Special Issue "Nutraceutical Supplements in Heart Failure"

A special issue of Nutrients (ISSN 2072-6643). This special issue belongs to the section "Clinical Nutrition".

Deadline for manuscript submissions: closed (30 June 2021) | Viewed by 10241

Special Issue Editor

Prof. Dr. Vincenzo Mollace
E-Mail Website
Guest Editor
Department of Health Sciences, Magna Graecia University, Campus Germaneto, 88100 Catanzaro, Italy
Interests: nutraceuticals; heart failure; endothelial dysfunction; metabolic syndrome
Special Issues, Collections and Topics in MDPI journals

Special Issue Information

Dear Colleagues,

Heart failure (HF) is a multifactorial disease with a prevalence of 1–2% in the global population. Co-morbidities such as diabetes, hypertension, obesity, or dyslipidemia are frequently associated with the occurrence of HF, thereby increasing the prevalence of the disease and the rate of hospitalization and mortality. In addition, ageing is affecting the number of patients undergoing HF, as the prevalence of the disease rises to 10% in people aged >70 years. Better management of risk factors and more substantial pharmacological and non-pharmacological treatment according to recent guidelines have significantly reduced the impact of HF and its consequences. In particular, recent data showed that all-cause mortality prevalence at 12 months for hospitalized and stable/ambulatory HF patients were 17% and 7%, respectively, and the 12-month hospitalization rates were 44% and 32%, respectively. Thus, several relevant outcomes of HF still remain unsatisfactory, and further improvements to the impact of the disease have to be taken into account while considering the overall approach to the management of the disease. Although preliminary evidence suggests that HF is associated with an increased deficiency of micronutrients and that nutraceuticals supply could be beneficial in treating patients undergoing failing myocardium, limited evidence supporting the benefits of nutraceuticals for patients with HF has been found in recent studies and meta-analyses.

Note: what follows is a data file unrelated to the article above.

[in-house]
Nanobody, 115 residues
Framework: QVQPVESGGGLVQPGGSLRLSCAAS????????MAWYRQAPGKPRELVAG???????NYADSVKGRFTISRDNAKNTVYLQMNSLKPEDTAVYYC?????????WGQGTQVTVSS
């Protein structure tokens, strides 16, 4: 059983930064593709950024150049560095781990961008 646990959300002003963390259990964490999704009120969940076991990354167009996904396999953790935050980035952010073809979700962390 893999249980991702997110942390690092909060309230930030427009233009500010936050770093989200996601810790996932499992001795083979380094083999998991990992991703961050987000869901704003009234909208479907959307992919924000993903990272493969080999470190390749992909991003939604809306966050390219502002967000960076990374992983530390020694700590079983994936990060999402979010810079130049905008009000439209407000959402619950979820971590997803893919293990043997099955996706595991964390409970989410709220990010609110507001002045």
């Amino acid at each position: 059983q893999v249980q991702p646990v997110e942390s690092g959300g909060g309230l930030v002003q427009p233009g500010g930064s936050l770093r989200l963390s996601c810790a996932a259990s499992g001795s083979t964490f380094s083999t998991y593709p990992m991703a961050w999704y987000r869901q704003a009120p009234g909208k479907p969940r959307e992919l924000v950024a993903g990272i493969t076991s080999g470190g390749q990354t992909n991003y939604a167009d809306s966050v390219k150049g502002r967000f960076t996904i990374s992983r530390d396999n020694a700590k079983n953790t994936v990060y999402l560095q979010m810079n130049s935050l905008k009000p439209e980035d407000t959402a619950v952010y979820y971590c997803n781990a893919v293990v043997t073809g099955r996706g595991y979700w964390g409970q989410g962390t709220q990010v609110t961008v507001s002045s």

The present Special Issue aims to collect contributions in this field in order to:

  1. Identify a pathophysiological basis for nutraceutical supplementation at the early stages of cardiomyocyte dysfunction;
  2. Optimize the nutraceutical supplementation process based on specific targets of myocardial dysfunction, in both animal models of HF and patients, with ejection fraction either preserved or compromised;
  3. Promote and design clinical trials in order to verify, by means of an approach from “trees to bedside” , the efficacy and safety of nutraceutical supplementation in HF.

Prof. Dr. Vincenzo Mollace
Guest Editor

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Keywords

  • Heart failure
  • Pathophysiology
  • Cardiomyocyte dysfunction
  • Micronutrients
  • Nutraceutical supplementation

Published Papers (6 papers)

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Research

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Article
Icariin Protects H9c2 Rat Cardiomyoblasts from Doxorubicin-Induced Cardiotoxicity: Role of Caveolin-1 Upregulation and Enhanced Autophagic Response
Nutrients 2021, 13(11), 4070; https://doi.org/10.3390/nu13114070 - 14 Nov 2021
Cited by 3 | Viewed by 1297
Abstract
Doxorubicin (Doxo) is a widely used antineoplastic drug which often induces cardiomyopathy, leading to congestive heart failure through the intramyocardial production of reactive oxygen species (ROS). Icariin (Ica) is a flavonoid isolated from Epimedii Herba (Berberidaceae). Some reports on the pharmacological activity of [...] Read more.